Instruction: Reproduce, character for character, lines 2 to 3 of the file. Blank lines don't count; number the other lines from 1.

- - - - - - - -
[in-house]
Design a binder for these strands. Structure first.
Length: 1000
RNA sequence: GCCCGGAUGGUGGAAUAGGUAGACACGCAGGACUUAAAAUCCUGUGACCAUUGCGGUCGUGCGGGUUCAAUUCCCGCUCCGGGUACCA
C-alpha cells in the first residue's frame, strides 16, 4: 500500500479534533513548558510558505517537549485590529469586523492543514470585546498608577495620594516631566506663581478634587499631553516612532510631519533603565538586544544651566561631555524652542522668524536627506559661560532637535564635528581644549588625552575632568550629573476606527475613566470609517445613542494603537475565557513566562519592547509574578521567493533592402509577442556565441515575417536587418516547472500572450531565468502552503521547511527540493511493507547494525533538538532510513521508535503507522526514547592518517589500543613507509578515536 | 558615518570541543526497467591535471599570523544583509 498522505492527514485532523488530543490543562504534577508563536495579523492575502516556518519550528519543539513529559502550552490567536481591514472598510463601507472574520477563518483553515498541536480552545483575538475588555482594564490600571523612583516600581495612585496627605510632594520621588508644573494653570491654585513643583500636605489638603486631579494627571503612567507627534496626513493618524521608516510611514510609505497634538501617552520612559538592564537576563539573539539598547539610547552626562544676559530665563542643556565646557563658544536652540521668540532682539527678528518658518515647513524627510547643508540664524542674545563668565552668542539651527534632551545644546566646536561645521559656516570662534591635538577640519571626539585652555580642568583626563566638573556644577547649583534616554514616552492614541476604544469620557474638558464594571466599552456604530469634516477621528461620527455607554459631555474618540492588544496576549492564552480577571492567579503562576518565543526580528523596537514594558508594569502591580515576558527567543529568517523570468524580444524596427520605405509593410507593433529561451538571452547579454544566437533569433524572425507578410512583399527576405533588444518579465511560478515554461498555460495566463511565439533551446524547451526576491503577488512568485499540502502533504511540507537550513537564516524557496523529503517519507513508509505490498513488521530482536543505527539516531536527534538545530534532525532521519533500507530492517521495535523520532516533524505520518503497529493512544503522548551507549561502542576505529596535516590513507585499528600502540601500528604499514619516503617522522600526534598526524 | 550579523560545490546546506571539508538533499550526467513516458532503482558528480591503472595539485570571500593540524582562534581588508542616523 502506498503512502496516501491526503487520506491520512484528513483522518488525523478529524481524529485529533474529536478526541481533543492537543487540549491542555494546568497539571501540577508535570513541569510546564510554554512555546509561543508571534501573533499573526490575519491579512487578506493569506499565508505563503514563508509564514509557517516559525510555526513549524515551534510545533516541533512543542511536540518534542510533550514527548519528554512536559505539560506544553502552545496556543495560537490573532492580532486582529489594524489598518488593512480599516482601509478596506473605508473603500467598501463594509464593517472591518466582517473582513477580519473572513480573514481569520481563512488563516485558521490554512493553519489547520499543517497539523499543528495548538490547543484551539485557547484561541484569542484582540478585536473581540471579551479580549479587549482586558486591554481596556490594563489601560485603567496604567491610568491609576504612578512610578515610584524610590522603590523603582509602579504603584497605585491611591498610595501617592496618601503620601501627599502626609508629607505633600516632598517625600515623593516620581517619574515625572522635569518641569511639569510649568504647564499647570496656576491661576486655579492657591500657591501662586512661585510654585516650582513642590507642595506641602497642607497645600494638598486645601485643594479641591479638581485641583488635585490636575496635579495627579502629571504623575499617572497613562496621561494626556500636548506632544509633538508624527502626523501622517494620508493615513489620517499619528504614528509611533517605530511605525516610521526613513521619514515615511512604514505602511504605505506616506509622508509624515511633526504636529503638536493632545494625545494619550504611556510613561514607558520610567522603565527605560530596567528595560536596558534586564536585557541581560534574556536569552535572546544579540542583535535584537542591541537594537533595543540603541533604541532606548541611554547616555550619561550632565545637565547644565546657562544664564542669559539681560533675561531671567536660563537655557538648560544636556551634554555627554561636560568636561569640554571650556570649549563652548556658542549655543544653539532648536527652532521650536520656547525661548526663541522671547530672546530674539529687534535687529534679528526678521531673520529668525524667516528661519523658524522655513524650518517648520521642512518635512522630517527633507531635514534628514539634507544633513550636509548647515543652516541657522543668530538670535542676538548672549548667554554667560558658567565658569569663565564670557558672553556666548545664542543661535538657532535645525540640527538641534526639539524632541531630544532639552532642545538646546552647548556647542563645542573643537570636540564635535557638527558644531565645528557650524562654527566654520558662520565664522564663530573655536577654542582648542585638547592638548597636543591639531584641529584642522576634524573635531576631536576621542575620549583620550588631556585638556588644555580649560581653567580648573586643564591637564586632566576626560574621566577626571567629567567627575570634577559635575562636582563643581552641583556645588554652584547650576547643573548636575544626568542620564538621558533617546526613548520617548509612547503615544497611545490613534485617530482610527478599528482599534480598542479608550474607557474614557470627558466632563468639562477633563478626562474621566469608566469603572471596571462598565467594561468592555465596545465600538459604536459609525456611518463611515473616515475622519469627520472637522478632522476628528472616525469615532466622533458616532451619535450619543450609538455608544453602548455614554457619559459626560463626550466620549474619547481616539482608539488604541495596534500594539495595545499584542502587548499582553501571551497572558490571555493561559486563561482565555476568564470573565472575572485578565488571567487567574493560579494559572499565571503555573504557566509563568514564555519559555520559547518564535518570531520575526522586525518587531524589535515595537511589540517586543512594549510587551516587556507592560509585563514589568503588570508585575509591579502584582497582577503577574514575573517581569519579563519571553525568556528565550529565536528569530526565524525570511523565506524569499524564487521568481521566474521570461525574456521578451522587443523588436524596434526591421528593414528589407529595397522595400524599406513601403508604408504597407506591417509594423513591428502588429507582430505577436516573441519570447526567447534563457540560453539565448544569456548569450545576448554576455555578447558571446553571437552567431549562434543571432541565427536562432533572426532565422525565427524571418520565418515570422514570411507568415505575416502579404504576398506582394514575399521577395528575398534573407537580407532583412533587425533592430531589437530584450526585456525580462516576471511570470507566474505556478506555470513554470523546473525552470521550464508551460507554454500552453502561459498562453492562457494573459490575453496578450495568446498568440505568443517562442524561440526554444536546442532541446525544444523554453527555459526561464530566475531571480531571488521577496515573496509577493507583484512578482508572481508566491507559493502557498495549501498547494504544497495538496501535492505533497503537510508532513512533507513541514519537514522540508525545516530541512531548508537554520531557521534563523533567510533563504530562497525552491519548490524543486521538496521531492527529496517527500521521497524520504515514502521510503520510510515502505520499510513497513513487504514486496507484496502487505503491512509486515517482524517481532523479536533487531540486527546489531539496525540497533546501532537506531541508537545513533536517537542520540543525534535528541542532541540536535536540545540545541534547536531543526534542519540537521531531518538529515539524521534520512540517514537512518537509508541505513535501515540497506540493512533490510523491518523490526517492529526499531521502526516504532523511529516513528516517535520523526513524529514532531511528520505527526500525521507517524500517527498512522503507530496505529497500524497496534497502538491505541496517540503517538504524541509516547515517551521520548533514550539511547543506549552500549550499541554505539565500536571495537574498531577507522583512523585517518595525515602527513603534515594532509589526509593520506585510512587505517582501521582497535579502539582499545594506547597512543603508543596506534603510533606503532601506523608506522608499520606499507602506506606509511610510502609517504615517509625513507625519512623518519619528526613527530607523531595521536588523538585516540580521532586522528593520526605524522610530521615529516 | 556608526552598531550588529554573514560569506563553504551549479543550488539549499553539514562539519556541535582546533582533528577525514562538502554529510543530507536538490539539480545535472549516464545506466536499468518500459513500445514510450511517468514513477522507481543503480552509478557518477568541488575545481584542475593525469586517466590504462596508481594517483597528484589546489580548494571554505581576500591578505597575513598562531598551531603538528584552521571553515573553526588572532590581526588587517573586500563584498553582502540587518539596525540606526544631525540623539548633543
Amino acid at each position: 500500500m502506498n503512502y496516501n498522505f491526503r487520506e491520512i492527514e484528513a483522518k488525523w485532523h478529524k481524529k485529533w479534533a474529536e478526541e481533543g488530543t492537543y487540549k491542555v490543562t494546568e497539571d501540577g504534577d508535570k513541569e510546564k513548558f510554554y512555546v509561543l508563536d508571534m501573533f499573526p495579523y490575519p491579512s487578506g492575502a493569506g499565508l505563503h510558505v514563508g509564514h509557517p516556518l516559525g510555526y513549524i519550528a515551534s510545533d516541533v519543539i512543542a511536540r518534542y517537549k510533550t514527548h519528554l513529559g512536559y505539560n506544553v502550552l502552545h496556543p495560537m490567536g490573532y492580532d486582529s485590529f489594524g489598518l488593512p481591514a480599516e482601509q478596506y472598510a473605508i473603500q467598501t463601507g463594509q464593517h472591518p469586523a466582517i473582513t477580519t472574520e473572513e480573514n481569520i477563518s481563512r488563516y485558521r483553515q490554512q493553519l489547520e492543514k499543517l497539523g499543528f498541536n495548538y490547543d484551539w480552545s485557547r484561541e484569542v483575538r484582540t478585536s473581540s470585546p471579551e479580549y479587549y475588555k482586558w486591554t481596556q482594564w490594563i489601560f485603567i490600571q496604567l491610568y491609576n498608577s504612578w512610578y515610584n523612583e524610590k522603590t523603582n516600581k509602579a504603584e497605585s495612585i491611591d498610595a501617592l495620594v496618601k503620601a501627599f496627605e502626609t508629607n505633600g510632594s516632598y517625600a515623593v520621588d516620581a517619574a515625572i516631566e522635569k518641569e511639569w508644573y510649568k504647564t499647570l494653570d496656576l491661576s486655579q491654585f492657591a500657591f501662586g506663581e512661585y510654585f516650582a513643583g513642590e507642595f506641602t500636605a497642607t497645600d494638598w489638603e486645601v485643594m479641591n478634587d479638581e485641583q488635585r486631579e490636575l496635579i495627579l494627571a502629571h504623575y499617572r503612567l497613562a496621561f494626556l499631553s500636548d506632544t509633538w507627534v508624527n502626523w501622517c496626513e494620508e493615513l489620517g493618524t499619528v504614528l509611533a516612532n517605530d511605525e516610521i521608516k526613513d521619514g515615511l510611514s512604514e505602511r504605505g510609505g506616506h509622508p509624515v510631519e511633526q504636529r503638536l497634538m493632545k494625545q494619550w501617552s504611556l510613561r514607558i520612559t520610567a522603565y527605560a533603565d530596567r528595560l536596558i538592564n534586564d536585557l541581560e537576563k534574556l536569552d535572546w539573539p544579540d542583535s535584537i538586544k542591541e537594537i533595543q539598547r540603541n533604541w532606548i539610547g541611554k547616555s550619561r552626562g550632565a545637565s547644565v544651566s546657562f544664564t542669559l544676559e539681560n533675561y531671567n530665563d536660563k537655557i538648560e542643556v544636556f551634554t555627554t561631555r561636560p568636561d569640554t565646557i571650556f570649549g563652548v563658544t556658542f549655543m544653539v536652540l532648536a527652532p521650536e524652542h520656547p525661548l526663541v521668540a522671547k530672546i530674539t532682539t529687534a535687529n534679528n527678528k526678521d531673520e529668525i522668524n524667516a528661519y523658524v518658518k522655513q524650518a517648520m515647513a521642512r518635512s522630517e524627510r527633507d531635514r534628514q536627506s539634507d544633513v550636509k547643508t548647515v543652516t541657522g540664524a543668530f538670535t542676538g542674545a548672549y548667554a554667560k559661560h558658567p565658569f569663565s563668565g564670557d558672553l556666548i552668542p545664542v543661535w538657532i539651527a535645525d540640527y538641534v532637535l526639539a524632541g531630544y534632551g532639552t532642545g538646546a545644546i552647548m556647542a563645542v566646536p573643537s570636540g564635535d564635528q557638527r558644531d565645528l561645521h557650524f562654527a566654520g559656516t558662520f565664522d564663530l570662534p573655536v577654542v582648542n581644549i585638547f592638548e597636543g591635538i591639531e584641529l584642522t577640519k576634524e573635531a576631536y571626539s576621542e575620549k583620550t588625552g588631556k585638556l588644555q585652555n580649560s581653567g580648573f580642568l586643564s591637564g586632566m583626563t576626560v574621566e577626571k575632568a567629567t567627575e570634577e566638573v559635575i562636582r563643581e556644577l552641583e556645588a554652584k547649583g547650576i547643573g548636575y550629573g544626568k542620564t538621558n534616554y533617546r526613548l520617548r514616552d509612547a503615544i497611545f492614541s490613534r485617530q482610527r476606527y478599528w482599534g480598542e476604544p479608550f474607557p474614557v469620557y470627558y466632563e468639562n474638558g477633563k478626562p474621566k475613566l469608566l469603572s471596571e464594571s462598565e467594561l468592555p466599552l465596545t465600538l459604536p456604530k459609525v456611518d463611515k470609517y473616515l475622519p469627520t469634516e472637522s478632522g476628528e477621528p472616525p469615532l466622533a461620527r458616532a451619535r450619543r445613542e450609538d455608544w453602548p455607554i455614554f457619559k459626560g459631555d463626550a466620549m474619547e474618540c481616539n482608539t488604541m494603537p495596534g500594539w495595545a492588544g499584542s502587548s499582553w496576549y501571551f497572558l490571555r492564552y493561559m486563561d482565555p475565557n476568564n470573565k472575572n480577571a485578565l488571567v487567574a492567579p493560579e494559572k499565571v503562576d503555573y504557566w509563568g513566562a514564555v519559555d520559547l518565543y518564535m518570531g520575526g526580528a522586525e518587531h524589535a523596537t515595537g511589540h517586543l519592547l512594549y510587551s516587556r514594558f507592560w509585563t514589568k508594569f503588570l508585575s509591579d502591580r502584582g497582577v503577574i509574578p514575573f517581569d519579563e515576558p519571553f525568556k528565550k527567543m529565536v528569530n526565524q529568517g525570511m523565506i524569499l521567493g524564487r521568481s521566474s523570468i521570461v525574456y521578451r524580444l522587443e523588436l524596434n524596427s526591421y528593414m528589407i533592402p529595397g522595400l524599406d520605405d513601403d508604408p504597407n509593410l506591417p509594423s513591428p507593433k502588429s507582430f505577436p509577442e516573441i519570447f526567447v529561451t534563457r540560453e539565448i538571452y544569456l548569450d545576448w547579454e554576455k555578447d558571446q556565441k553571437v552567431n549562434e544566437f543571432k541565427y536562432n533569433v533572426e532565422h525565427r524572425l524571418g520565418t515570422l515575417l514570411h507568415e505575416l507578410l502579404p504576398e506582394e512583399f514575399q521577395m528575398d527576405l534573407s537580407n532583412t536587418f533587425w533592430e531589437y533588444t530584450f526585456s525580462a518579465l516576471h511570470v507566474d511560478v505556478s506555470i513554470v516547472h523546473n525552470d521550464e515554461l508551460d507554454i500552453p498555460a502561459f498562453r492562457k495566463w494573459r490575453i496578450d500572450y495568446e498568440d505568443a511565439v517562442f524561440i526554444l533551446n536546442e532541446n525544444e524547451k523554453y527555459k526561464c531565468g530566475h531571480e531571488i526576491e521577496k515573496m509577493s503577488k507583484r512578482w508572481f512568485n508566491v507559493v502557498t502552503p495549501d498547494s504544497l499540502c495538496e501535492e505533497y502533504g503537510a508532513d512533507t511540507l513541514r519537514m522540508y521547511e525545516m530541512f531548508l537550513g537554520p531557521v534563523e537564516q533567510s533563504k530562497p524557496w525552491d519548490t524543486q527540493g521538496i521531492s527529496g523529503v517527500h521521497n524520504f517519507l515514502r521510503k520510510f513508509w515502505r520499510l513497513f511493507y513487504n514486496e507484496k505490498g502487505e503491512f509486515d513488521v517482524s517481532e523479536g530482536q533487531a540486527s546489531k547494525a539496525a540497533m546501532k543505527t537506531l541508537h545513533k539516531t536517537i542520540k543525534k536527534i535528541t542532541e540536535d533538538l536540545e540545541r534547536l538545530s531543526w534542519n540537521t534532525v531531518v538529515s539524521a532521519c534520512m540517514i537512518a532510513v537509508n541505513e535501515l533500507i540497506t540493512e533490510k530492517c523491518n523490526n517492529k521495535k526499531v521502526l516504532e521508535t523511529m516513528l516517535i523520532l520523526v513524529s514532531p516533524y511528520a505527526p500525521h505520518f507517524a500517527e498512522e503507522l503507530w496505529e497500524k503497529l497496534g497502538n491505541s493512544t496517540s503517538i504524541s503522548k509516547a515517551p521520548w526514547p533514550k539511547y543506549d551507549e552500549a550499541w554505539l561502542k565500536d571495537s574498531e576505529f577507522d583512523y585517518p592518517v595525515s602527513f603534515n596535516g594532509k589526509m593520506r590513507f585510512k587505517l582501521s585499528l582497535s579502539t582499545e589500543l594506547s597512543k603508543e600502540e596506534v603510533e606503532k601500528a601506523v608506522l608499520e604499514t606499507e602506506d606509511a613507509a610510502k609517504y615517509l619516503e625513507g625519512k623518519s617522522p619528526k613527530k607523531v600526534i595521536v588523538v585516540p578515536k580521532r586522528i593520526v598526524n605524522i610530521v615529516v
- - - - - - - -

Design a binder for these strands. Structure first.
Length: 1000